As a small puppy he was extremely energetic and nippy which, as new dog owners, we were unprepared for. Any puppy—but especially an Aussie pup—needs vigorous exercise and training. The only coping mechanism we ever used was to leave him all by himself in the kitchen whenever he became too much to bear, which worsened his problems.
Despite his behavioral shortcomings, he did show incredible intelligence in unexpected ways. When we finally learned to properly exercise him, he resisted. He didn't play with tennis balls, he only played with frisbees. He didn't play fetch, he played keep away with a minimum of two people. He could herd chickens, but he could also herd children. If we took him on a bike ride he would walk in the woods where we couldn't see him and then he would circle back and go to his neighbor's house and wait patiently for us to come collect him after we had had all the exercise we needed. A simple leash would fix that problem you say? Mere walks did not scratch the surface of his almost infinite store of uncontrolled energy.
Without his mind being properly exercised through training, his behavior just got worse. He was grumpy and growly all the time. Did I mention that he refused to eat typical dog food? Nope, it was real food for him.*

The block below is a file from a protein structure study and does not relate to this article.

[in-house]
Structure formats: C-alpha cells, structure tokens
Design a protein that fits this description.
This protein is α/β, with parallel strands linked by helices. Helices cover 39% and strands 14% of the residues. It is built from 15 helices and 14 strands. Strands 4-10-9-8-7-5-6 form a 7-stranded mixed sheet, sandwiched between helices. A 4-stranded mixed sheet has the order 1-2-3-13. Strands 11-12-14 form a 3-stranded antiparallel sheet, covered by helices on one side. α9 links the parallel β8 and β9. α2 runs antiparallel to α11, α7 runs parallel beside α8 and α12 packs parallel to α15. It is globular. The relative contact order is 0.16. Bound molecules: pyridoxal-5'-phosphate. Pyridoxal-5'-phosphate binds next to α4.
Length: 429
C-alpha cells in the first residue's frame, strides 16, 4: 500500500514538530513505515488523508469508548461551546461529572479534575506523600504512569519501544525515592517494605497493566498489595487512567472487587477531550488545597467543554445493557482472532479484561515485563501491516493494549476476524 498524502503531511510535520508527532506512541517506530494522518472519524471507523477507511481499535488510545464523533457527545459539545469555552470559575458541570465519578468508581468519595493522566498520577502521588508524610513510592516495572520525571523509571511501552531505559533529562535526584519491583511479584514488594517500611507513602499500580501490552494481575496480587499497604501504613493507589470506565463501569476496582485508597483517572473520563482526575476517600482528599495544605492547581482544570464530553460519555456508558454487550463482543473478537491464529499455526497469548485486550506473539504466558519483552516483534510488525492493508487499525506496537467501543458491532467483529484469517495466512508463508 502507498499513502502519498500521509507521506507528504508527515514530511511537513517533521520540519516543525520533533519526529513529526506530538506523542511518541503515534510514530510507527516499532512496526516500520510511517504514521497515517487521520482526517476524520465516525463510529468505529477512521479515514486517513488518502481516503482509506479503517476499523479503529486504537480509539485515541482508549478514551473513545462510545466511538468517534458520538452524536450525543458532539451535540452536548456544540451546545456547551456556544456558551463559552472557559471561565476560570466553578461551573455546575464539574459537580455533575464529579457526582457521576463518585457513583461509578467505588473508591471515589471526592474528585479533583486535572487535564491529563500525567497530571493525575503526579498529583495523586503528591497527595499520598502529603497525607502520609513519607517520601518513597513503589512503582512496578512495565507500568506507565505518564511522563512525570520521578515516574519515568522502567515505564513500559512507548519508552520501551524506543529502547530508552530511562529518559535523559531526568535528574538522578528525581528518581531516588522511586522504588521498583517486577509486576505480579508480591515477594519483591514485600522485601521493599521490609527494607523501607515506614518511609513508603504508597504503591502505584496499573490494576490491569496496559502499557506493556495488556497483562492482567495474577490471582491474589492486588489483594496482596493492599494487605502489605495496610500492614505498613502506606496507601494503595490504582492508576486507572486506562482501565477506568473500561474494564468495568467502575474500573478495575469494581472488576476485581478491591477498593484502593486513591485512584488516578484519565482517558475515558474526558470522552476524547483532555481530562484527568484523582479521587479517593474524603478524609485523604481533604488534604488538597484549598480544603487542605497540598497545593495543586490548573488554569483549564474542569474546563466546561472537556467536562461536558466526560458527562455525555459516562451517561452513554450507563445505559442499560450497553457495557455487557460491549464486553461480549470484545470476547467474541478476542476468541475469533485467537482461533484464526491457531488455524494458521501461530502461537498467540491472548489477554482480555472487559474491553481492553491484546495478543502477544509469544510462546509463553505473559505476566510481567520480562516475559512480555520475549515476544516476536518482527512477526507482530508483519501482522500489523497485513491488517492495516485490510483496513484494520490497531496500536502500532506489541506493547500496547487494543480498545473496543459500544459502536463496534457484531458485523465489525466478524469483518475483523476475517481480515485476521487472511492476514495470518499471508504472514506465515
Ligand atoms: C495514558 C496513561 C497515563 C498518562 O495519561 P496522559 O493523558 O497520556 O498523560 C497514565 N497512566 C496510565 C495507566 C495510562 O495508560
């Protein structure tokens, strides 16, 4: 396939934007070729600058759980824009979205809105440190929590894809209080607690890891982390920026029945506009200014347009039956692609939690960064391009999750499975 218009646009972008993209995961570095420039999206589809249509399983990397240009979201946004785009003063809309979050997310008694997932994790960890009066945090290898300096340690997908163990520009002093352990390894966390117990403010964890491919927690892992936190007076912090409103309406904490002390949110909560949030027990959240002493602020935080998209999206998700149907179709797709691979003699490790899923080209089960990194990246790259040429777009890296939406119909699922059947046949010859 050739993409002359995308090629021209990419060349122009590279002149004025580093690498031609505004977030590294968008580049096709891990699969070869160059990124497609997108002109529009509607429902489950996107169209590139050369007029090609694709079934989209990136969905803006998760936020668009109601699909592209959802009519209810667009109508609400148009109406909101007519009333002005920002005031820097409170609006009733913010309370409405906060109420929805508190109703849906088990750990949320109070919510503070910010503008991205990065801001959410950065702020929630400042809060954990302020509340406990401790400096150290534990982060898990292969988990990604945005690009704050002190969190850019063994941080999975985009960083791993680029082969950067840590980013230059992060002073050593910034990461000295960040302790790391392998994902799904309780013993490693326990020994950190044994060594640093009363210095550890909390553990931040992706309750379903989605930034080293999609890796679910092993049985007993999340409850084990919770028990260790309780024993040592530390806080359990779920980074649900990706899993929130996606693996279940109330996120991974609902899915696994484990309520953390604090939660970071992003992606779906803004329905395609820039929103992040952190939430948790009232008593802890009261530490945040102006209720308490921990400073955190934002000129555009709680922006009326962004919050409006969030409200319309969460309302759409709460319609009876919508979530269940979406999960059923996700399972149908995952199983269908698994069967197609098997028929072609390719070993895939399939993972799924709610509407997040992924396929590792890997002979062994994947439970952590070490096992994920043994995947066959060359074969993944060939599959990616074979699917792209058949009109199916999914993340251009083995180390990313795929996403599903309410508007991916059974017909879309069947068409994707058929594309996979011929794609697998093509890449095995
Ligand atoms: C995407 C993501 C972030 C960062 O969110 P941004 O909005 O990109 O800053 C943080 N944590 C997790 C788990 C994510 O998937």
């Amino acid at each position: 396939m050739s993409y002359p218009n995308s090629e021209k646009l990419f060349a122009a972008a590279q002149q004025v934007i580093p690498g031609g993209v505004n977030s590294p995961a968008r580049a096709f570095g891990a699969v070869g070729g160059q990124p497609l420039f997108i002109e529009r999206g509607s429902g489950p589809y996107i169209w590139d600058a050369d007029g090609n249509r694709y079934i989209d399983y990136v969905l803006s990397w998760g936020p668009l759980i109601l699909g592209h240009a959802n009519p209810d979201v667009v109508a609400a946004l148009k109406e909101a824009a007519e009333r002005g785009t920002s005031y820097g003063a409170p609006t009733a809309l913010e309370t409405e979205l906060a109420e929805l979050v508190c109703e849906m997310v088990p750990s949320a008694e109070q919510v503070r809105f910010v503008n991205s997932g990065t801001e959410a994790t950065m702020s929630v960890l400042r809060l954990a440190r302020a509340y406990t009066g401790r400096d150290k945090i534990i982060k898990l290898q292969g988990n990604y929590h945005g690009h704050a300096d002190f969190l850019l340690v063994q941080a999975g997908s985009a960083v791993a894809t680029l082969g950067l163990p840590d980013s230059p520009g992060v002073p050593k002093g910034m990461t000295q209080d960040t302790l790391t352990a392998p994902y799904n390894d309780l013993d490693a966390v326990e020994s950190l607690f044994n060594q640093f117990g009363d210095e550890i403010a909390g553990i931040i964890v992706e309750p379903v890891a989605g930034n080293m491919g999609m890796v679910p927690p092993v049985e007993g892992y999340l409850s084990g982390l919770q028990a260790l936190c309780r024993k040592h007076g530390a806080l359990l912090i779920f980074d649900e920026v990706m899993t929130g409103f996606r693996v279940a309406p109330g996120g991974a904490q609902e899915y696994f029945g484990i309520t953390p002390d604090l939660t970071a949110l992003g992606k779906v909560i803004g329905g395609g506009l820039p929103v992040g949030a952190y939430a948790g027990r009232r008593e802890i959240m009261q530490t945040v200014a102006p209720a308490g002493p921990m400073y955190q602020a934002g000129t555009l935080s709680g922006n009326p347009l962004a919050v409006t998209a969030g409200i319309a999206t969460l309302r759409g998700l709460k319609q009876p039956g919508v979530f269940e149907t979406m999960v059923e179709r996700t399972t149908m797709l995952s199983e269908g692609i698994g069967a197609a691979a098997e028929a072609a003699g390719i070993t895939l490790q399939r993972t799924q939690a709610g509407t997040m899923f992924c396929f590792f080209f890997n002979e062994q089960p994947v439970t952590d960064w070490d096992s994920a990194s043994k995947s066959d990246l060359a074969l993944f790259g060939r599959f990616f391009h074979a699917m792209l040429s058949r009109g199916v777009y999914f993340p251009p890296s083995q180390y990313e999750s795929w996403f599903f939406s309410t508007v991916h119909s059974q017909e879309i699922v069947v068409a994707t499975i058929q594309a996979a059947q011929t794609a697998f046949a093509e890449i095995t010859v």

Eventually he got to be too much. We collected the information of a cattle rancher who wanted a young adult Aussie. Fortunately for Duke the number that we had didn't work. It was either try to find another professional to take him or do something else. We got a dog trainer.
Oh my that lady was an eye opener. She corrected quite a few of our problems with him.
That was the beginning of the end of his rough puppyhood and young adulthood. Aside from all of this, is he currently a valuable working function on the homestead?
Probably, we still have him!
He still is grumpy at night. He still chases things he ought not chase. We still have to lock him up whenever guests come over for fear of his terrible behavior. The UPS man still speeds past our house with fear throbbing deep in his heart.
However, Duke still works hard on the homestead. Our fences don't have to be perfect: the goats know that he is waiting for them on the other side and have no desire to leave the protection of their pasture. Remember the Catastrophe of the Nigerian Dwarf Goats on the Green T? That would have been unlivable without him. All it takes is a "Go get the goats!" and off he runs. He takes excellent care of the kids, even if he himself does chase them. He knows he is the general farm dog and he is always up to the task at hand. Well except at night that is—he knows when his bedtime is.
Disclaimer: I, Jane, paused in the middle of writing this post to scramble a few of our non GMO free range eggs for Duke's dinner. He proudly eats better than the average American.
Another Disclaimer in case Duke reads this: We love him very much.
*If you would like to learn more about how we feed our dogs, please visit our individual dog page.